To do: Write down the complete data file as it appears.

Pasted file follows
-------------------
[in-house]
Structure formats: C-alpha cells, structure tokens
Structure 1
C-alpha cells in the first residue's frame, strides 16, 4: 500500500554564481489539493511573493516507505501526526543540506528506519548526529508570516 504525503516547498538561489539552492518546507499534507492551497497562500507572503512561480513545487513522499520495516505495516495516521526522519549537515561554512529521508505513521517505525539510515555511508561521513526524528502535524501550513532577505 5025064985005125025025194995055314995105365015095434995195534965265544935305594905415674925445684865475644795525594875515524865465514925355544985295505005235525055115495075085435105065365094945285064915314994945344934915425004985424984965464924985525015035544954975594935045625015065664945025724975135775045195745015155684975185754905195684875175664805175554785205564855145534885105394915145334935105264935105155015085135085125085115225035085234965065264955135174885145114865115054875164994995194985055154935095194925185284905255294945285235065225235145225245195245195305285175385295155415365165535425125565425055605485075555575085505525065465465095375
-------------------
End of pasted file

[in-house]
Structure formats: C-alpha cells, structure tokens
Structure 1
C-alpha cells in the first residue's frame, strides 16, 4: 500500500554564481489539493511573493516507505501526526543540506528506519548526529508570516 504525503516547498538561489539552492518546507499534507492551497497562500507572503512561480513545487513522499520495516505495516495516521526522519549537515561554512529521508505513521517505525539510515555511508561521513526524528502535524501550513532577505 5025064985005125025025194995055314995105365015095434995195534965265544935305594905415674925445684865475644795525594875515524865465514925355544985295505005235525055115495075085435105065365094945285064915314994945344934915425004985424984965464924985525015035544954975594935045625015065664945025724975135775045195745015155684975185754905195684875175664805175554785205564855145534885105394915145334935105264935105155015085135085125085115225035085234965065264955135174885145114865115054875164994995194985055154935095194925185284905255294945285235065225235145225245195245195305285175385295155415365165535425125565425055605485075555575085505525065465465095375